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Energising Lives: Physical Literacy in Perspective through the Lifespan Len Almond BHF National Centre for Physical Act

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Energising Lives: Physical Literacy in Perspective through the Lifespan Len Almond BHF National Centre for Physical Activity and Health May 19 th 2008. Three Questions about Physical Literacy. What is Physical Literacy What relevance does it have to? Individual lives

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slide1

Energising Lives:

Physical Literacy in Perspective through the Lifespan

Len Almond

BHF National Centre for Physical Activity and Health

May 19th 2008

three questions about physical literacy
Three Questions about Physical Literacy
  • What is Physical Literacy
  • What relevance does it have to?
    • Individual lives
    • Teachers and the PE Curriculum
    • Movement specialists’ perspectives on their role
  • How do we promote it?
    • What messages do we project?
    • Pedagogy
      • The art and science of reaching people
      • The art and science of engagement
tasks for today
Tasks for Today
  • Part 1 Why do people avoid physical activity?
  • Part 2 A Positive Perspective
  • Part 3 Practical Illustrations
  • Part 4 Pedagogy
  • Finally Return to my three questions
three problems
Three Problems
  • Poor understanding
  • Low Priority
  • Not Valued
participation levels
Participation Levels
  • 35% of men
  • 24% of women

Achieve 5 x 30 minutes of moderate activity each week

70% inactive

Health Survey for England 2004

understanding
UNDERSTANDING
  • ONLY 10% of general public and 16% of professionals understand the public health and well-being message for physical activity
no time or low priority
No Time or Low Priority?

Public Health Message

Adults: 2% of your day

Overweight/Obese older adults 4% day of your

Most adults spend 19.3% of their day in front of a screen – adults in third age much longer

however
However
  • 62% of people reported that they would not be motivated to exercise even if their life depended on it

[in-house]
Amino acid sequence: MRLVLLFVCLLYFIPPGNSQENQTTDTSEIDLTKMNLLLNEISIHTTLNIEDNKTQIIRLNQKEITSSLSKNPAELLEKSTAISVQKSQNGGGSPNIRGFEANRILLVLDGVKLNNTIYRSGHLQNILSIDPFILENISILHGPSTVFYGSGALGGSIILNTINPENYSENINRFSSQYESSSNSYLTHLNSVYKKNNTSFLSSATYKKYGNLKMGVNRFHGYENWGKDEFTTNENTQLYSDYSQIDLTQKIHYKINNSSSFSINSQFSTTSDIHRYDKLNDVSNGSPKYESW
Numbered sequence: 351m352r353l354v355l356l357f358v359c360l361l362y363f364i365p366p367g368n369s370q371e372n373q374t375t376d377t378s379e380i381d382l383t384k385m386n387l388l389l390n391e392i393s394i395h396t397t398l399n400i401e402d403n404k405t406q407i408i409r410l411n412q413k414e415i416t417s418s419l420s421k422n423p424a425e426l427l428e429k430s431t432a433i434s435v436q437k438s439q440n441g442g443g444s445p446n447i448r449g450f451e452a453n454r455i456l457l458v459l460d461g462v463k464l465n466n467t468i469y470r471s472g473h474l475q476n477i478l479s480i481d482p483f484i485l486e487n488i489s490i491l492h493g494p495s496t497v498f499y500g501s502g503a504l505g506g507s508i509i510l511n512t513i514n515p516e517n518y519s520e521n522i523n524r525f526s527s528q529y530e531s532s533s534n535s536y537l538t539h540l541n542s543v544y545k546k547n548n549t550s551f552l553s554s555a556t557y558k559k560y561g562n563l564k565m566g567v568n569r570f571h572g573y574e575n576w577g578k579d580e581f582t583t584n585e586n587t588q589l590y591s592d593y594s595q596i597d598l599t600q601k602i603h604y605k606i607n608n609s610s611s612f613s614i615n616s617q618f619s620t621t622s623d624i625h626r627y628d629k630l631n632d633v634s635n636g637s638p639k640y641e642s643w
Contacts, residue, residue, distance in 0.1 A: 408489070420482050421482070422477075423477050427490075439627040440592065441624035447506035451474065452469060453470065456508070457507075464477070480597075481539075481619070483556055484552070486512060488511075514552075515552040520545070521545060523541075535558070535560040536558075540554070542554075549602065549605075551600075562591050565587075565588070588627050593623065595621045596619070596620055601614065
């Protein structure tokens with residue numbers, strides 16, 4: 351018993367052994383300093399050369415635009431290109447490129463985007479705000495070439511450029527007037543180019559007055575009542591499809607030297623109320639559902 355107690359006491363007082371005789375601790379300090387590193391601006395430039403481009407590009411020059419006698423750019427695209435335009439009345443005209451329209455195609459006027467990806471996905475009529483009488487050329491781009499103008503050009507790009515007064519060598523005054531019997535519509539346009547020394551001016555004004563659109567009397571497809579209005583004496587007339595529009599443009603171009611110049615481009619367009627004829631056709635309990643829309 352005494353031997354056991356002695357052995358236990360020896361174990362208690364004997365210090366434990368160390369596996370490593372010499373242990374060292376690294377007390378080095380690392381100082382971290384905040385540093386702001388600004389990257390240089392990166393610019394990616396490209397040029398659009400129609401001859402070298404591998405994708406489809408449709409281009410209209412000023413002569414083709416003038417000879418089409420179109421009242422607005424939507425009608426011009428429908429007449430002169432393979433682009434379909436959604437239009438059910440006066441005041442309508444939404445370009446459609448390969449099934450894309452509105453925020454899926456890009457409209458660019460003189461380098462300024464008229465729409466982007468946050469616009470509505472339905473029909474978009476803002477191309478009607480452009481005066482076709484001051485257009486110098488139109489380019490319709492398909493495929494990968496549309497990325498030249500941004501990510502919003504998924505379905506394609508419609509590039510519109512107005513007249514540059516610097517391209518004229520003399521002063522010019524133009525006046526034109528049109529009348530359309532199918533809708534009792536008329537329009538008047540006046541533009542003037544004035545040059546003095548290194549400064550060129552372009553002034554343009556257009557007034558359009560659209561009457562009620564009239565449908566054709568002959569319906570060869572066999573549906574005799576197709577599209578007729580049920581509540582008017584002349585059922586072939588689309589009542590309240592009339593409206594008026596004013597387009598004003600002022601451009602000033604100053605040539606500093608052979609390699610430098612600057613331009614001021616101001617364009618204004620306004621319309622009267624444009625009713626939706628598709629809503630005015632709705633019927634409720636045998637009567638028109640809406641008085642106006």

BHF YOUGOV survey September 2007

inactivity impairment

Inactivity Impairment

The Consequences of inadequate Physical Literacy

personal responsibility a myth
Personal Responsibility: A Myth?

What are the implications in the rise of:

  • Personal Trainers
  • Health Trainers
  • Life Coaches
  • Mentors
  • What has happened to Expert Patients?
promoting physical activity enabling a person to flourish
Promoting Physical Activity : enabling a person to flourish

Well-being Resource

  • Have more energy, dynamism, vitality, and resourcefulness

Enrichment: enriching lives

  • Widen perspectives
  • Extend capabilities
  • Enhance quality of living

Reserve

  • Recover more quickly from major illness, stress, hospital treatment
we want people to
We want people to

Love being Active

this is an educational role for physical literacy through the lifespan
This is an Educational role for Physical Literacy through the Lifespan
  • Cultivate
  • Nurture
  • Cherish
  • NOT Squander

So that people:

  • Understand
  • Appreciate
  • Value
consequences of not valuing physical literacy older adults
Consequences of Not Valuing Physical Literacy: Older Adults
  • Sarcopenia
  • Inactivity Impairment
  • Loss of independence
  • Closed Horizons
  • Poor quality of living
slide21

Inactivity –the consequencesProportion of women aged 70+ able to walk for different periods of time and lengths of walk,

100

1/4 of a mile or more

80

30+ min

60

15,<30 min

5,<15 min

40

<5 min

20

0

70-74

75-79

80+

80+

70-74

75-79

Age

slide22

70 yr old females

active, strength-trained

sedentary

The same difference in muscle size is seen between a 30 and an 80 yr old

(Adapted from Sipilä & Suominen

Muscle Nerve 1993;16:294)

moving more often

Components: